The code is very interesting but I think it would not work in some circumstances. Suppose you want to detect if the "Windows Picture and Fax Viewer" is running on your machine. This application is launched from a DLL in a command line similar to this one: rundll32.exe c:\windows\system32\shimgvw.dll,ImageView_Fullscreen C:\temp\logo.gif If you use your code to check if the application is running, it will not be abble to detect it. It would detect that RUNDLL32.EXE is running... but what about the "Windows Picture and Fax Viewer"? The problem I have at the moment is that I have a process handle and I want to know if I have an existing instance of this process runnig. I am not interested in the RUN32DLL.exe process but in the actual application that is inside the DLL. If I have multiple applications running from inside DLLs, how can I detect if they are running?

  • CProcessMgr under Win2000

    Posted by Legacy on 07/10/2001 12:00am

    Originally posted by: Markus Schroth

    What do I have to Do that this very nice Code runs under Win2000 ( No Access ) ?

  • If all you want to do is spawn and wait for completion...

    Posted by Legacy on 05/05/1999 12:00am

    Originally posted by: LALeonard

    If all you want to do is spawn and wait for completion (which is all I needed), look at ::CreateProcess() and
    ::GetExitCodeProcess(); they will do that for you.

    // Handles the messy details of unZIPing a file.
    bool FilePtf::Zip(FileZip& fz) const
    bool bReturn(false);

    // Load the command format from the Registry.
    CString sFmt(GetApp()->m_MyEngineConfig.m_sZipCommand);
    CString sZipPath(fz.GetPathName());

    // Build the command.
    CString sCmd;
    sCmd.Format(sFmt, sZipPath, GetPathName());
    char* pszCmd = sCmd.GetBuffer(sCmd.GetLength());

    // Create the structures.
    ::ZeroMemory(&si, sizeof si);
    si.cb = sizeof si;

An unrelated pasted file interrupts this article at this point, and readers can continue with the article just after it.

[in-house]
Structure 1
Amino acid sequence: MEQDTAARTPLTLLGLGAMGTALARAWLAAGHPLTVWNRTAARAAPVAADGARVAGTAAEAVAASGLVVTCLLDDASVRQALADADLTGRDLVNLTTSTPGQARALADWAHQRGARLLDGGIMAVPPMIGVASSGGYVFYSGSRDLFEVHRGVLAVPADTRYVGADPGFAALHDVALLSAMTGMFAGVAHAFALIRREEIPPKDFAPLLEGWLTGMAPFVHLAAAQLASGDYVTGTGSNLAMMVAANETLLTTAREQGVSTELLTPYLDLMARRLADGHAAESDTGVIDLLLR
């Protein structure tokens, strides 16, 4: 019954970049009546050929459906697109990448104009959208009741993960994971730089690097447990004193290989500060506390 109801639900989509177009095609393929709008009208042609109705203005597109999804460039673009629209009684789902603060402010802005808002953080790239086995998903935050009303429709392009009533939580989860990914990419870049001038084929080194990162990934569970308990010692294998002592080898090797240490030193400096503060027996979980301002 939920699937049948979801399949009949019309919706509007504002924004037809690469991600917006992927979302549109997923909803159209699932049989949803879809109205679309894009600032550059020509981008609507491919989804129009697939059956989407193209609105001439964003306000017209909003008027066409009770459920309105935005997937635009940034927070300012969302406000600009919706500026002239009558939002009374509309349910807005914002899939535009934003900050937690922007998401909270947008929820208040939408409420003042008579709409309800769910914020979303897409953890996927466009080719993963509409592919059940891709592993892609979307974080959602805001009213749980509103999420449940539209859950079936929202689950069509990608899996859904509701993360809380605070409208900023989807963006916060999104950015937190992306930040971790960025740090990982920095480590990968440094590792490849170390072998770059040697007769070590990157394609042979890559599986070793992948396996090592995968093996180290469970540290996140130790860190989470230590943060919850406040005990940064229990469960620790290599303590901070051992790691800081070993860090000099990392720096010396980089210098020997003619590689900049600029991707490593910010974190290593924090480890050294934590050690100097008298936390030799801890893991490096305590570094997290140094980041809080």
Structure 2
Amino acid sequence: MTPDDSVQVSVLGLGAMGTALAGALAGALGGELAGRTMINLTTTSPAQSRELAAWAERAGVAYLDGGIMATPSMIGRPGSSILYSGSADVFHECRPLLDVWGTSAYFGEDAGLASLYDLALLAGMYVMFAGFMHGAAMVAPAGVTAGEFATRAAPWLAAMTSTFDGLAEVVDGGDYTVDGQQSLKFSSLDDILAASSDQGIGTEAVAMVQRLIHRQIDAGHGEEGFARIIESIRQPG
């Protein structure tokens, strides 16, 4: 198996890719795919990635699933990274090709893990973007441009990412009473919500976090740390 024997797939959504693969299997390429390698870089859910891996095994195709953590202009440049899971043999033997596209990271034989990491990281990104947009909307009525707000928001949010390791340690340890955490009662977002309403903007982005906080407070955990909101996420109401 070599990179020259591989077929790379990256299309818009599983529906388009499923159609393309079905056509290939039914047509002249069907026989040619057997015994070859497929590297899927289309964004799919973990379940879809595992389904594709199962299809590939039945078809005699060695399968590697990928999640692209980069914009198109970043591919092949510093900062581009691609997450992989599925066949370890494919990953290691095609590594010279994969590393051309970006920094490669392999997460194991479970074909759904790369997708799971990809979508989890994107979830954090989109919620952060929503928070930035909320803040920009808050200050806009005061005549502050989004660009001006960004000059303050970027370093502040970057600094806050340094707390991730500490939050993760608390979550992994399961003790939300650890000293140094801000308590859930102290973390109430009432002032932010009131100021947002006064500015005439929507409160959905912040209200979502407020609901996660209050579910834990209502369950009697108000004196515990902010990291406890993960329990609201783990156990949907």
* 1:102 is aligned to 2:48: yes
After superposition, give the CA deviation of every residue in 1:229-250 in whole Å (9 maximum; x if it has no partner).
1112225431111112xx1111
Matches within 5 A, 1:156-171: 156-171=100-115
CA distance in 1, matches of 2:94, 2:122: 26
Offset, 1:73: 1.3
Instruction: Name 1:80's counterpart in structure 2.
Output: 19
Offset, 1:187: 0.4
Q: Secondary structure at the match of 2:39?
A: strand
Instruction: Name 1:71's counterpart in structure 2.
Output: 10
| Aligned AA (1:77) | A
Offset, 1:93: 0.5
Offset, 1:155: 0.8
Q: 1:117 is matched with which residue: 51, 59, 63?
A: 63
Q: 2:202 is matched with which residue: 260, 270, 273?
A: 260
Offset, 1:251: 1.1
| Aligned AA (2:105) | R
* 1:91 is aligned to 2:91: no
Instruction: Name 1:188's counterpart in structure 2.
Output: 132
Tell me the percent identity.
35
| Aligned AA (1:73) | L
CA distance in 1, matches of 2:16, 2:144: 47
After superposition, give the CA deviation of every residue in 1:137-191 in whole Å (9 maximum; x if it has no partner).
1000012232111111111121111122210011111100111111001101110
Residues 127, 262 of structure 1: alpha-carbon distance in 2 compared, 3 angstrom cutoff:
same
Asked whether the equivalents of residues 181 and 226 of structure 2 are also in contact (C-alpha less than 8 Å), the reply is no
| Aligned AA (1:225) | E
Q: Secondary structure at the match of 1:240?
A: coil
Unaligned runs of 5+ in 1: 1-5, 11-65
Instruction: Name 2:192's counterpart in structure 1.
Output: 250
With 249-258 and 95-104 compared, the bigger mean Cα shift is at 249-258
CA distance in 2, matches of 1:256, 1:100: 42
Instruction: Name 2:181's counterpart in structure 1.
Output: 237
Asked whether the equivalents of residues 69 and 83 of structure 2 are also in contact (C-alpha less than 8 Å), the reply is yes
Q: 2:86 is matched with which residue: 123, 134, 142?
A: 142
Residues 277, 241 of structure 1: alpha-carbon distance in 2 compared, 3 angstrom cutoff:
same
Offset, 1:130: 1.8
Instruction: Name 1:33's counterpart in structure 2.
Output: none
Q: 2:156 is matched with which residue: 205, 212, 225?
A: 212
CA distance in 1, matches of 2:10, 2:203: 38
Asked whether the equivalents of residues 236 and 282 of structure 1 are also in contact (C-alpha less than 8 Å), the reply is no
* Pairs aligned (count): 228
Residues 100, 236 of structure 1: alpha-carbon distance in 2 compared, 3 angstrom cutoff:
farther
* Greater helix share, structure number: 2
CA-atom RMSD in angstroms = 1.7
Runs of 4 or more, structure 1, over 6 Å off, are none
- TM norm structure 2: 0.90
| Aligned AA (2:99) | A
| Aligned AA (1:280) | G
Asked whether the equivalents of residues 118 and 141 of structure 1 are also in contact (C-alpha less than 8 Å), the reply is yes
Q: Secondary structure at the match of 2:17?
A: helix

si.wShowWindow = SW_HIDE;

    ::ZeroMemory(&pi, sizeof pi);

    // Spawn the process (this replaces the old WinExec() call).
    bReturn = ::CreateProcess(
    NULL, // App name - use first token in command line.
    pszCmd, // Command line string.
    false, // Handle inheritance flag.
    IDLE_PRIORITY_CLASS, // Creation flags.
    NULL, // Pointer to new environment block.
    NULL, // Pointer to current directory name.
    &si, // Pointer to STARTUPINFO.
    &pi // Pointer to PROCESS_INFORMATION.


    // Log the results of the spawn (not of the unZip process).
    if (bReturn) {

    "Starting ZIP of file " + GetPathName() + " to " + fz.GetPathName());

    // Wait around for the ZIPing to stop before continuing, but only for
    // an hour. How long can it take to Zip a file? We check once per
    // second, and log a message every minute.

    for (int nSeconds = 0;
    STILL_ACTIVE == dwExitCode && nSeconds < 3600;
    ++nSeconds) {

    if (::GetExitCodeProcess(pi.hProcess, &dwExitCode)) {
    else {
    "::GetExitCodeProcess" & (int) ::GetLastError() & Generic::GetErrorString());

    if (59 == (nSeconds % 60)) {
    "Waiting for ZIP process to finish...");


    // Check the result of the ZIPing.
    if (0 == dwExitCode) {
    bReturn = true;
    MY_LOG(ZIP_SUCCESS, STSEV_Audit, GetPathName() & fz.GetPathName());
    else {
    // The unZIP process returned an error, or we timed out; something must be
    // dreadfully wrong.
    bReturn = false;

    GetPathName() & fz.GetPathName() & (int) dwExitCode);
    else {
    // The spawn failed.
    "::CreateProcess" & (int) ::GetLastError() & Generic::GetErrorString());

    return bReturn;

  • "IsProgramRunning" hangs on WindowsNT

    Posted by Legacy on 03/09/1999 12:00am

    Originally posted by: jijon


    function hangs on WindowsNT..

    Any soldutions?

    Thanks in advance.